Availability of water varies greatly

Oxygen availability

The availability of oxygen is low

Oxygen availability is high

Nutrients

Dissolved minerals are readily available

Availability of dissolved minerals varies greatly depending on soil type and quality, and water.

Temperature variation

In large bodies of water, temperature is relatively constant.  Temperature also decreases with depth.

On land large and rapid temperature changes can occur.  Temperature also decreases with altitude.

   

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8.5.1.c

Identify the factors determining the distribution and abundance of a species in each environment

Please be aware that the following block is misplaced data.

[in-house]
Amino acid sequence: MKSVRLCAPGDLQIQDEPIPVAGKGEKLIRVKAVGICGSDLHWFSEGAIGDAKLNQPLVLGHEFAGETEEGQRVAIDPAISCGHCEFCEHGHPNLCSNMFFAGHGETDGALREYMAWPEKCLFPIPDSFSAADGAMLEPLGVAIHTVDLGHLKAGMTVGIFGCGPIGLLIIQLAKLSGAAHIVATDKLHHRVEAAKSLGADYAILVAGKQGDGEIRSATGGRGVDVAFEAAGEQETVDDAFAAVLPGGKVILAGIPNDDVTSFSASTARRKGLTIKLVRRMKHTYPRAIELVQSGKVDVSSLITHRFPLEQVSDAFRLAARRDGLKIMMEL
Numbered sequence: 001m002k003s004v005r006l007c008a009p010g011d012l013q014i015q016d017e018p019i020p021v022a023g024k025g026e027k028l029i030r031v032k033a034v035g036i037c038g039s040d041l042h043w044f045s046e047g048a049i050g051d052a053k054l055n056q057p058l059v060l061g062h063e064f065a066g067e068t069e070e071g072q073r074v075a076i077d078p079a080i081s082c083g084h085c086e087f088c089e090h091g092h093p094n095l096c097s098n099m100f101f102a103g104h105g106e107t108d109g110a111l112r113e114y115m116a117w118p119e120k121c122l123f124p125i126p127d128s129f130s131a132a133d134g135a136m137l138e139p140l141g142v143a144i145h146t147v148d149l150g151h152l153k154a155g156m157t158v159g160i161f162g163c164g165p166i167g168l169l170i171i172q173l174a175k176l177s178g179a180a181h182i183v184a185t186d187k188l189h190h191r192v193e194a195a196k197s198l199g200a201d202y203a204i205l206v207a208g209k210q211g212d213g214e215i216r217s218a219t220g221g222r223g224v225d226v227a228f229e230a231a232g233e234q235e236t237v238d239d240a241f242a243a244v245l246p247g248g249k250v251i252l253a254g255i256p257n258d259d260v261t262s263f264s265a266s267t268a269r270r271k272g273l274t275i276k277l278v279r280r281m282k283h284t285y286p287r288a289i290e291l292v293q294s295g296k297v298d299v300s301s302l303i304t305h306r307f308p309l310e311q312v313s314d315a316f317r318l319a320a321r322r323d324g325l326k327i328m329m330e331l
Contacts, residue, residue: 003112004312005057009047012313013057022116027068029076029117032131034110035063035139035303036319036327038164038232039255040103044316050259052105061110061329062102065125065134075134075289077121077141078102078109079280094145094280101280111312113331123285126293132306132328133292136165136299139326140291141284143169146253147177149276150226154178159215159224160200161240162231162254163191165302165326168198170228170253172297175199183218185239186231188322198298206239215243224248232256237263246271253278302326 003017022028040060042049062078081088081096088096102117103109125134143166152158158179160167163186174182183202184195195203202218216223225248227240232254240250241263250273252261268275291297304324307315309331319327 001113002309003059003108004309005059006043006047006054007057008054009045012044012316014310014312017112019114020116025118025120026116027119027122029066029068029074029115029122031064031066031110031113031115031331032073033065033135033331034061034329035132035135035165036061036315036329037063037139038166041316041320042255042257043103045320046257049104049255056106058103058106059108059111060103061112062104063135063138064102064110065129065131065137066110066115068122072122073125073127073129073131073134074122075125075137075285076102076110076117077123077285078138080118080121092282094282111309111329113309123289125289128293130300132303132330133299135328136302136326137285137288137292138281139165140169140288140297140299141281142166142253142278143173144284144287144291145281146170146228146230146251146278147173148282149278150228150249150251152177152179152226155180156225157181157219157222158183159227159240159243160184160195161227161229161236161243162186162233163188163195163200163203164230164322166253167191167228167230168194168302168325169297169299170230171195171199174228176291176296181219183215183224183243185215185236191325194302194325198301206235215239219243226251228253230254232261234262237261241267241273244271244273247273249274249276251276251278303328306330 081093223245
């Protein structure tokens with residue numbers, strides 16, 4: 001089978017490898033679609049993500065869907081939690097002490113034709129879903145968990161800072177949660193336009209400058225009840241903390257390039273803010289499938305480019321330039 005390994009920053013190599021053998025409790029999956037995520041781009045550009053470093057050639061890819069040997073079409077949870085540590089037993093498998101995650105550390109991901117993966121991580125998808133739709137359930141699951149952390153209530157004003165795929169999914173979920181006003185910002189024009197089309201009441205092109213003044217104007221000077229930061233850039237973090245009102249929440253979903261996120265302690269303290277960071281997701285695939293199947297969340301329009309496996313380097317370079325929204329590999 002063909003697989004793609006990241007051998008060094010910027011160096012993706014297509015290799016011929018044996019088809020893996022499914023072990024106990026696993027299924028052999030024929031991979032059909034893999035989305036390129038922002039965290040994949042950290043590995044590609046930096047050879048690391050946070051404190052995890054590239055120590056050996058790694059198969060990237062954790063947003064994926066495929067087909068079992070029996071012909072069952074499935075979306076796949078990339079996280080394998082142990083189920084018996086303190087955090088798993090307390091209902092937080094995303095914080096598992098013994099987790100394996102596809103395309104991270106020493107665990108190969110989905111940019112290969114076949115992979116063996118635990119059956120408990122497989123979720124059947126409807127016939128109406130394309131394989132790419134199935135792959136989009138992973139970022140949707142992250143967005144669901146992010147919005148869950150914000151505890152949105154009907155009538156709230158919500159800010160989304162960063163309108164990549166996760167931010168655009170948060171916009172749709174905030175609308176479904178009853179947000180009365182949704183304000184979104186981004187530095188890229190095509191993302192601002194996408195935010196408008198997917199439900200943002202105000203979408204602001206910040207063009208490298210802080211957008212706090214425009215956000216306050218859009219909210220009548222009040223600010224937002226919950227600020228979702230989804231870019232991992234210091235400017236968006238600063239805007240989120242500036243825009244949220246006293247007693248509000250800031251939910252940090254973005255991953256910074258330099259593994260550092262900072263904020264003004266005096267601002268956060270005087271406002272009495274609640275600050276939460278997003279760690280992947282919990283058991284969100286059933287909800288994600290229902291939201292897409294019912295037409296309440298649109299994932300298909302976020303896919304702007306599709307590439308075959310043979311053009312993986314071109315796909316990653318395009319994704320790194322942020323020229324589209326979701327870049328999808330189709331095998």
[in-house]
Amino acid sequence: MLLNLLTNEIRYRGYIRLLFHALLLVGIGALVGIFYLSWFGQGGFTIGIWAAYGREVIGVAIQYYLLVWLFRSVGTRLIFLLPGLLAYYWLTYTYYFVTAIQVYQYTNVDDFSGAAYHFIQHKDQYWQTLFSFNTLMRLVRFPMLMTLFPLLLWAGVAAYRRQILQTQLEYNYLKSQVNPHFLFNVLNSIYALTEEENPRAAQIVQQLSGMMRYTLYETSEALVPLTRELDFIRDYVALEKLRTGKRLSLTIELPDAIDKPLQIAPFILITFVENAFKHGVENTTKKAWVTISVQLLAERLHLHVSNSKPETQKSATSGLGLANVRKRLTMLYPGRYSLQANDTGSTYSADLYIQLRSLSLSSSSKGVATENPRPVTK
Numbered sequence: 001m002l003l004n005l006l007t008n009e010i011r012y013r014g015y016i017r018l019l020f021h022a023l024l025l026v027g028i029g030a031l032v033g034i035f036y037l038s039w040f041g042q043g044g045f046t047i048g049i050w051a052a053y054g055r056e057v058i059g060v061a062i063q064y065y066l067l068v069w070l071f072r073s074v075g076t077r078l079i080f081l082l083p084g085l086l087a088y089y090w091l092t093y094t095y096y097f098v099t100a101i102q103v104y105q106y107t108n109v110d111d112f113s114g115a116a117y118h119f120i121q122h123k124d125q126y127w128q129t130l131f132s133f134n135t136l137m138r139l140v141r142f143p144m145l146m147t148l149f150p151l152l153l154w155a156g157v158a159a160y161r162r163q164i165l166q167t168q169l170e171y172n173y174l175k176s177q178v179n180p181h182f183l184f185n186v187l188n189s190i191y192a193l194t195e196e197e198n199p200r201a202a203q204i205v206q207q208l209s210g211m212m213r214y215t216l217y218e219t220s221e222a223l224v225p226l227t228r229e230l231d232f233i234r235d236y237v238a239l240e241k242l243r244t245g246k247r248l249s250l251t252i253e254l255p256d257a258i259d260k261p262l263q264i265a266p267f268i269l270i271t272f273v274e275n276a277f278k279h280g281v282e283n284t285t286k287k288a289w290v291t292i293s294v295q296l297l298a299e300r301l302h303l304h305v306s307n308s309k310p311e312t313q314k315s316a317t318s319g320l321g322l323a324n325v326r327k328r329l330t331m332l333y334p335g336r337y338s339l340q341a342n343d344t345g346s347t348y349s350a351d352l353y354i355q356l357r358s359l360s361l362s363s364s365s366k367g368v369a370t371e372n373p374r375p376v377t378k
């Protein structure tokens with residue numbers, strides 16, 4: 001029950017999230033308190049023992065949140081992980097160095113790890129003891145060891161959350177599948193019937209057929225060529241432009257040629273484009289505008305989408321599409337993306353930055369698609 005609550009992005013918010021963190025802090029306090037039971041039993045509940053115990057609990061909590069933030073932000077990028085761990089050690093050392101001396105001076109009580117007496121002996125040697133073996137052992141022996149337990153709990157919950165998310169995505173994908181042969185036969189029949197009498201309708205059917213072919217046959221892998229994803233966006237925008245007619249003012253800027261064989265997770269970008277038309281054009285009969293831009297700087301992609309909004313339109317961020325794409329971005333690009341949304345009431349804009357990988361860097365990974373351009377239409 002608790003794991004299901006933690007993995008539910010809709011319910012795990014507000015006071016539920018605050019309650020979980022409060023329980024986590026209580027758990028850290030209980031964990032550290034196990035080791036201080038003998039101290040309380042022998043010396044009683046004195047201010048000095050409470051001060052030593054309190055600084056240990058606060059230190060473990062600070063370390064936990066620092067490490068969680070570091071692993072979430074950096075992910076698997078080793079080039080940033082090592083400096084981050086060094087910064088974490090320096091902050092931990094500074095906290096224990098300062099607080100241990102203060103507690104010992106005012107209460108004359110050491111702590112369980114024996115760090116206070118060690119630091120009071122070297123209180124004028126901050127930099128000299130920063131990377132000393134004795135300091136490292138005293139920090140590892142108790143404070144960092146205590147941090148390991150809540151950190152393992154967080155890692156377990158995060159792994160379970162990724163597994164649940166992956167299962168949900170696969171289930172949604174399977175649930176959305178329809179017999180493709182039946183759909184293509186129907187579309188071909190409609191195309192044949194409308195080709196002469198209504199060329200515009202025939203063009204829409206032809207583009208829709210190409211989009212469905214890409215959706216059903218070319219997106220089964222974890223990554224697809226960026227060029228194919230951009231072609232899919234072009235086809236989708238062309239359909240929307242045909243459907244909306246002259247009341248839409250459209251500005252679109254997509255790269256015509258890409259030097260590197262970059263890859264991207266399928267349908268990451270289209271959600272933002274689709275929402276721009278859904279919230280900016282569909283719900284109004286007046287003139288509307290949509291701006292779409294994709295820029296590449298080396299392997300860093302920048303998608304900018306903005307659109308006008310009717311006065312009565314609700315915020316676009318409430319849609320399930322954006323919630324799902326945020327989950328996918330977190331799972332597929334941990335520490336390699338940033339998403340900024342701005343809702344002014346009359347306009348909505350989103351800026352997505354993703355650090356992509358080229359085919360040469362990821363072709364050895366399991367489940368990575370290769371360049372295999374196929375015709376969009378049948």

Numbers of Organisms

 

Population refers to members of the same species living in the same habitat.

¨      The distribution of an organism refers to where an organism is found.

¨      The abundance of an organism refers to the numbers of an organism in the area.

All the organisms living in the same area makes up a community [eg the marine animals and plants found on a coastal rock platform make up a rock platform community].  A community of organisms and their environment interacting as a unit is termed an ecosystem.

 

The particular set of abiotic and biotic factors determines the distribution and abundance of a species.  The factors include:

·        European rabbits are rarely found in Northern Australia.  The main reason affecting their distribution is the climate (particularly heat) (Climate is a set of abiotic factors)

·        An adequate supply of water and a balance of inorganic nutrients are needed in the soil.  Some plants will not grow in sandy soil because it cannot hold enough water or nutrients.